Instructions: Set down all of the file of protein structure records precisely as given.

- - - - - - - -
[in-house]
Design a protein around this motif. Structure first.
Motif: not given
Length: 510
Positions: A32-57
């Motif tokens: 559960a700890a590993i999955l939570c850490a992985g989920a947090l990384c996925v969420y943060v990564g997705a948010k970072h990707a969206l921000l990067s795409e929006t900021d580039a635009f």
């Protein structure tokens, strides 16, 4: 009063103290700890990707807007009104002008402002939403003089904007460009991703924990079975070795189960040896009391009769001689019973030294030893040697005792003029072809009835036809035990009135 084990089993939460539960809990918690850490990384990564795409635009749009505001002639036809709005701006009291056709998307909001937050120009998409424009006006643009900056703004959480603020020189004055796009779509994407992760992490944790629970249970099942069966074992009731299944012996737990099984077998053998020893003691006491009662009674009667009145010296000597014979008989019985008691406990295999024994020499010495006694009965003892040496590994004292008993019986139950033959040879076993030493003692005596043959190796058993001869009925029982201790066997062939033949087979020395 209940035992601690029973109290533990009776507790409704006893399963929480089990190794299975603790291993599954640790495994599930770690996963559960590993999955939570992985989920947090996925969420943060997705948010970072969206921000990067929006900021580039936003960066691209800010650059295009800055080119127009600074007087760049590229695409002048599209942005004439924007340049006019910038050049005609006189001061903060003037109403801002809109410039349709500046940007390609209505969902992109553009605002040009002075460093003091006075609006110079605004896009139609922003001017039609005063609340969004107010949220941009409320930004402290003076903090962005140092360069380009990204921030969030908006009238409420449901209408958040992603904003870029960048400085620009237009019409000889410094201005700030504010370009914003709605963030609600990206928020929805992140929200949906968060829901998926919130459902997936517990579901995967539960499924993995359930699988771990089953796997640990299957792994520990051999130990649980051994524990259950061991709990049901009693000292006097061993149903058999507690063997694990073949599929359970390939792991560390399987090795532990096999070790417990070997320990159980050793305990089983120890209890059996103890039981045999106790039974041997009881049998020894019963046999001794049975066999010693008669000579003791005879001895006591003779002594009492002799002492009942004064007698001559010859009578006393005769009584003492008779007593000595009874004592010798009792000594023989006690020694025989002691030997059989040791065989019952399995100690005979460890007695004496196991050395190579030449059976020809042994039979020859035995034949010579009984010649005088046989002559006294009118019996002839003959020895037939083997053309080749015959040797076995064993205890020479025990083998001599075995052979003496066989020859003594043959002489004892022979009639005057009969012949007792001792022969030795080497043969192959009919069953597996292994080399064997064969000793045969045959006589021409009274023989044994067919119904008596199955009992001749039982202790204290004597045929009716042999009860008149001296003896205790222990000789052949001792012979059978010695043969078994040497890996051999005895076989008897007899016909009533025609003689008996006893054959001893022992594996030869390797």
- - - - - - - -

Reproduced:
[in-house]
Design a protein around this motif. Structure first.
Motif: not given
Length: 510
Positions: A32-57
């Motif tokens: 559960a700890a590993i999955l939570c850490a992985g989920a947090l990384c996925v969420y943060v990564g997705a948010k970072h990707a969206l921000l990067s795409e929006t900021d580039a635009f």
């Protein structure tokens, strides 16, 4: 009063103290700890990707807007009104002008402002939403003089904007460009991703924990079975070795189960040896009391009769001689019973030294030893040697005792003029072809009835036809035990009135 084990089993939460539960809990918690850490990384990564795409635009749009505001002639036809709005701006009291056709998307909001937050120009998409424009006006643009900056703004959480603020020189004055796009779509994407992760992490944790629970249970099942069966074992009731299944012996737990099984077998053998020893003691006491009662009674009667009145010296000597014979008989019985008691406990295999024994020499010495006694009965003892040496590994004292008993019986139950033959040879076993030493003692005596043959190796058993001869009925029982201790066997062939033949087979020395 209940035992601690029973109290533990009776507790409704006893399963929480089990190794299975603790291993599954640790495994599930770690996963559960590993999955939570992985989920947090996925969420943060997705948010970072969206921000990067929006900021580039936003960066691209800010650059295009800055080119127009600074007087760049590229695409002048599209942005004439924007340049006019910038050049005609006189001061903060003037109403801002809109410039349709500046940007390609209505969902992109553009605002040009002075460093003091006075609006110079605004896009139609922003001017039609005063609340969004107010949220941009409320930004402290003076903090962005140092360069380009990204921030969030908006009238409420449901209408958040992603904003870029960048400085620009237009019409000889410094201005700030504010370009914003709605963030609600990206928020929805992140929200949906968060829901998926919130459902997936517990579901995967539960499924993995359930699988771990089953796997640990299957792994520990051999130990649980051994524990259950061991709990049901009693000292006097061993149903058999507690063997694990073949599929359970390939792991560390399987090795532990096999070790417990070997320990159980050793305990089983120890209890059996103890039981045999106790039974041997009881049998020894019963046999001794049975066999010693008669000579003791005879001895006591003779002594009492002799002492009942004064007698001559010859009578006393005769009584003492008779007593000595009874004592010798009792000594023989006690020694025989002691030997059989040791065989019952399995100690005979460890007695004496196991050395190579030449059976020809042994039979020859035995034949010579009984010649005088046989002559006294009118019996002839003959020895037939083997053309080749015959040797076995064993205890020479025990083998001599075995052979003496066989020859003594043959002489004892022979009639005057009969012949007792001792022969030795080497043969192959009919069953597996292994080399064997064969000793045969045959006589021409009274023989044994067919119904008596199955009992001749039982202790204290004597045929009716042999009860008149001296003896205790222990000789052949001792012979059978010695043969078994040497890996051999005895076989008897007899016909009533025609003689008996006893054959001893022992594996030869390797």